Manfred von Ardenne (20 January 1907 – 26 May 1997) was a German researcher and applied physicist and inventor. He took out approximately 600 patents in fields including electron microscopy, medical technology, nuclear technology, plasma physics, and radio and television technology. From 1928 to 1945, he directed his private research laboratory Forschungslaboratorium für Elektronenphysik. For ten years after World War II, he worked in the Soviet Union on their atomic bomb project and was awarded a Stalin Prize. Upon his return to the then East Germany, he started another private laboratory, Forschungsinstitut Manfred von Ardenne.
The stormy life of von Ardenne's grandmother, Elisabeth von Ardenne (1853–1952), is said to have been be the inspiration for Effi Briest by Theodor Fontane, one of the most famous German realist novels.
Born in 1907 in Hamburg to a wealthy aristocratic family, Ardenne was the oldest of five children. In 1913, Ardenne's father, assigned to the Kriegsministerium, moved to Berlin. From Ardenne's earliest youth, he was intrigued by any form of technology, and this was fostered by his parents. Ardenne's early education was at home through private teachers. In Berlin, from 1919, Ardenne attended the Realgymnasium, where he pursued his interests in physics and technology. In a school competition, he submitted models of a camera and an alarm system, for which he was awarded first place.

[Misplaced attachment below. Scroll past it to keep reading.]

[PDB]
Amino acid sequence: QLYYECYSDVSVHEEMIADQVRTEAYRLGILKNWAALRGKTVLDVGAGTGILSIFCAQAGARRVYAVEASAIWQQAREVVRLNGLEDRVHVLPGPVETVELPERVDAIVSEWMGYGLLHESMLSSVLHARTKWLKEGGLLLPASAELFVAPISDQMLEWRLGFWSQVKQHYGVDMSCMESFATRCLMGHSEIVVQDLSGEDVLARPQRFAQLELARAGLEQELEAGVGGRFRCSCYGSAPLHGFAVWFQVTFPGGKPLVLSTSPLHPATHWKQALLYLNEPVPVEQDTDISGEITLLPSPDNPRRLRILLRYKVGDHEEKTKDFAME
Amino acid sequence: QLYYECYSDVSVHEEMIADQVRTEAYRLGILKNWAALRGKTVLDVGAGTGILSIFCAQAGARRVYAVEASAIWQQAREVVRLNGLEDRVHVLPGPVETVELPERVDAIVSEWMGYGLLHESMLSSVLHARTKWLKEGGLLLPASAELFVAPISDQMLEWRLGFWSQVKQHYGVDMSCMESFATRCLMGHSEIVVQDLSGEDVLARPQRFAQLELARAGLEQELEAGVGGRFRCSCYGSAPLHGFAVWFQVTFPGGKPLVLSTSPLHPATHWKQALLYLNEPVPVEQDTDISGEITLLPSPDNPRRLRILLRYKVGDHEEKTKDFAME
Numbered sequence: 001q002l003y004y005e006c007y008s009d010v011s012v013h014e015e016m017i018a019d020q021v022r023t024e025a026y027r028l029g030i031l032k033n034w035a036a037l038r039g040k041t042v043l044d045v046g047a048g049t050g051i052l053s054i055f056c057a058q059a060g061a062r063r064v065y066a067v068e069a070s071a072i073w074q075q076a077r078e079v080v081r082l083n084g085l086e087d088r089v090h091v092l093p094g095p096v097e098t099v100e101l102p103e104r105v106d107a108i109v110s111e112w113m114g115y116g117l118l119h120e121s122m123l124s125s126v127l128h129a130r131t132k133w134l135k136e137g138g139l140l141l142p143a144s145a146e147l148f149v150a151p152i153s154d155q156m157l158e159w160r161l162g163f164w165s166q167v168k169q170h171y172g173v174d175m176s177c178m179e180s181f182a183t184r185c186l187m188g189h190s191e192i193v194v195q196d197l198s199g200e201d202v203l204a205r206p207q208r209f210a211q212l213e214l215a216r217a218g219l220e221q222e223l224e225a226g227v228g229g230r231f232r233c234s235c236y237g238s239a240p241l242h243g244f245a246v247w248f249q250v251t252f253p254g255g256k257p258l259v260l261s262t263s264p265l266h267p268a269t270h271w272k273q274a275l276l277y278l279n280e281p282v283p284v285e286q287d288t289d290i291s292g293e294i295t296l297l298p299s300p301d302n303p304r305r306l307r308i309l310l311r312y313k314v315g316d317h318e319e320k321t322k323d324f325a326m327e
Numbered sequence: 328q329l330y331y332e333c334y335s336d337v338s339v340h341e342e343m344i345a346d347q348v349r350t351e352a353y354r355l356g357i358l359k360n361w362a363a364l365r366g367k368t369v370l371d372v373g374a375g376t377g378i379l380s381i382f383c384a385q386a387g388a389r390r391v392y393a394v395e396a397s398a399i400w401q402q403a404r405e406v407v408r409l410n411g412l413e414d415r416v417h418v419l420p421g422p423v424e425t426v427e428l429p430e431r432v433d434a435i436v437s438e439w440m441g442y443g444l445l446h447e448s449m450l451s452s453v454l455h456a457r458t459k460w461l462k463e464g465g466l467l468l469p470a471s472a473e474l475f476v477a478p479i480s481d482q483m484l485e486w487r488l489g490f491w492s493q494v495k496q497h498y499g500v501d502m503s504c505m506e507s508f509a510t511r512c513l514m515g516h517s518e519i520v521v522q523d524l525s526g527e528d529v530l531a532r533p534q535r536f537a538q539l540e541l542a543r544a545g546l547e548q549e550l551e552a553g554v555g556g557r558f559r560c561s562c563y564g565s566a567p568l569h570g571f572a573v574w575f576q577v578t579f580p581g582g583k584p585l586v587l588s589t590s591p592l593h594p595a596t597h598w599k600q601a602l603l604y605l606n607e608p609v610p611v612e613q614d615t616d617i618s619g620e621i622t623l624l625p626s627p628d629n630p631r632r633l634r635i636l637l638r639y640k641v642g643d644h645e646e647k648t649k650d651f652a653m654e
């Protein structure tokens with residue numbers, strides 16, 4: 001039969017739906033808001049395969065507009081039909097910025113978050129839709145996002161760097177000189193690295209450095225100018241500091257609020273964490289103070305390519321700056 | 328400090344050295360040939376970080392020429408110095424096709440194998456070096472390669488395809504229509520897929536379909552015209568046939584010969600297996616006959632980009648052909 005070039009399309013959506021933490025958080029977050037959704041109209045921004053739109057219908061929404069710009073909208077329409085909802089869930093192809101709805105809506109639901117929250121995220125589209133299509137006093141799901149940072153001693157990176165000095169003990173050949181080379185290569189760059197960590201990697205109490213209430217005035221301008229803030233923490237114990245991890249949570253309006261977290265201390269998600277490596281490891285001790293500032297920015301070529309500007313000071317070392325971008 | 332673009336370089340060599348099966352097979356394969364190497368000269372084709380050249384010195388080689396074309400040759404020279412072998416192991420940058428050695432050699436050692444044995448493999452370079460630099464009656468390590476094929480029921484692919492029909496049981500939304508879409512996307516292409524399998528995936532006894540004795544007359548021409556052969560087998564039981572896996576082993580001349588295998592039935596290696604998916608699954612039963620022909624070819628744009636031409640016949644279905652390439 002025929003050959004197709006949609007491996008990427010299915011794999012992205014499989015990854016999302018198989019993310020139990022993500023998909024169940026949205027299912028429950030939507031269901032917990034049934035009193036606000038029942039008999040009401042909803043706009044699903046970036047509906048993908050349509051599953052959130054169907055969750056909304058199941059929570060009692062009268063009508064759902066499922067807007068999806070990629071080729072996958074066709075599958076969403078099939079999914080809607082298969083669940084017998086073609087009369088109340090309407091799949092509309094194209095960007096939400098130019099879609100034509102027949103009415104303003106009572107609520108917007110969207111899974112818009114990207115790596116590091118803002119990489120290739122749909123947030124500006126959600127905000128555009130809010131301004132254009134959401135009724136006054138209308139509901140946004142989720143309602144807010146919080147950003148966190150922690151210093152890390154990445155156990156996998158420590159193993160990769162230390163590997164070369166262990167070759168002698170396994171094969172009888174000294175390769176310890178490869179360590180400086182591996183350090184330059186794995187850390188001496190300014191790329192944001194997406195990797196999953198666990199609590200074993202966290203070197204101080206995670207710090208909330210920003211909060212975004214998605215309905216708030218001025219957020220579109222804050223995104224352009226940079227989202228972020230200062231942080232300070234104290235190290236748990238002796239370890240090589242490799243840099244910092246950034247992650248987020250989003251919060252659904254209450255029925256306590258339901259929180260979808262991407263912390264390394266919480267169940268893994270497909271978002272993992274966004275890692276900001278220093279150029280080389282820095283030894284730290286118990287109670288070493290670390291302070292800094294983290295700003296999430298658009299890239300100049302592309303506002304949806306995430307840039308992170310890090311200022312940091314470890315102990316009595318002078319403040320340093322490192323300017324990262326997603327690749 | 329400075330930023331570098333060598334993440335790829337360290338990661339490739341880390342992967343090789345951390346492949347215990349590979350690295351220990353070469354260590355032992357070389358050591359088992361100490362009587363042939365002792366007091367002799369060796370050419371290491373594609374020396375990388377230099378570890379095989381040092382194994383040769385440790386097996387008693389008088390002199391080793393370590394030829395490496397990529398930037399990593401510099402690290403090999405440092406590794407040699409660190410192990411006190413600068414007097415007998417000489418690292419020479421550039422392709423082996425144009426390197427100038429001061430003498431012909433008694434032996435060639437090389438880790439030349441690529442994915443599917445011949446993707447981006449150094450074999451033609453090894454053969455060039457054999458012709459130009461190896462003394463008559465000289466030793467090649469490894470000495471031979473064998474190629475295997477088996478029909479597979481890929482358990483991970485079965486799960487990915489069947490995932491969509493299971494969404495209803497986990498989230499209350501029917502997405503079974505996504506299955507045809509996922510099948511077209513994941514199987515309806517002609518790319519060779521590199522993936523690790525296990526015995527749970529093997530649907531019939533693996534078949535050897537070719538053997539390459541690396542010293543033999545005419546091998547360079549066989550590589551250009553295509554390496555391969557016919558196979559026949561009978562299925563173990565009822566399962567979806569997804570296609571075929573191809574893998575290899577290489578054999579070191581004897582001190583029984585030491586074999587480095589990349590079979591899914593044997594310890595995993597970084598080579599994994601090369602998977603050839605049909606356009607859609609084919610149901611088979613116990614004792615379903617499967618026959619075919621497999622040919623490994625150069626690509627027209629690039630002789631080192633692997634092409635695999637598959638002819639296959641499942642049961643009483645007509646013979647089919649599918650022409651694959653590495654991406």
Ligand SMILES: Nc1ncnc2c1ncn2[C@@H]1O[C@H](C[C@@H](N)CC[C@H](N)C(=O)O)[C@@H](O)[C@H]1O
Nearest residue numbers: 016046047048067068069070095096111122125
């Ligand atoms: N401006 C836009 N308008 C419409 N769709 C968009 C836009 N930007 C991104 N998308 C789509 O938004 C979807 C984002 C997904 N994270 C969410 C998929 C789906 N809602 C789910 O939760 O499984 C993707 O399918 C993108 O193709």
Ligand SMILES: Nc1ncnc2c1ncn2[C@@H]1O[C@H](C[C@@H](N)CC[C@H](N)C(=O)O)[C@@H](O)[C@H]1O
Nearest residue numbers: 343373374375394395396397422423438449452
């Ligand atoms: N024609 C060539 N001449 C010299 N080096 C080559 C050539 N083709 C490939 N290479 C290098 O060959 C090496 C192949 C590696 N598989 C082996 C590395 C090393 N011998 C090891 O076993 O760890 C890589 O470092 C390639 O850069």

In 1923, at the age of 15, he received his first patent for an electronic tube with multiple (three) systems in a single tube for applications in wireless telegraphy. At this time, Ardenne prematurely left the Gymnasium to pursue the development of radio engineering with the entrepreneur Siegmund Loewe, who became his mentor. Loewe built the inexpensive Loewe-Ortsempfänger OE333 with Ardenne's multiple system electronic tube. In 1925, from patent sales and publication income, Ardenne substantially improved the broadband amplifier (resistance-coupled amplifier), which was fundamental to the development of television and radar.
Without an Abitur, because he did not graduate from the Gymnasium, Ardenne entered university-level study of physics, chemistry, and mathematics. After four semesters, he left his formal studies, due to the inflexibility of the university system, and educated himself; he became an autodidact and devoted himself to applied physics research.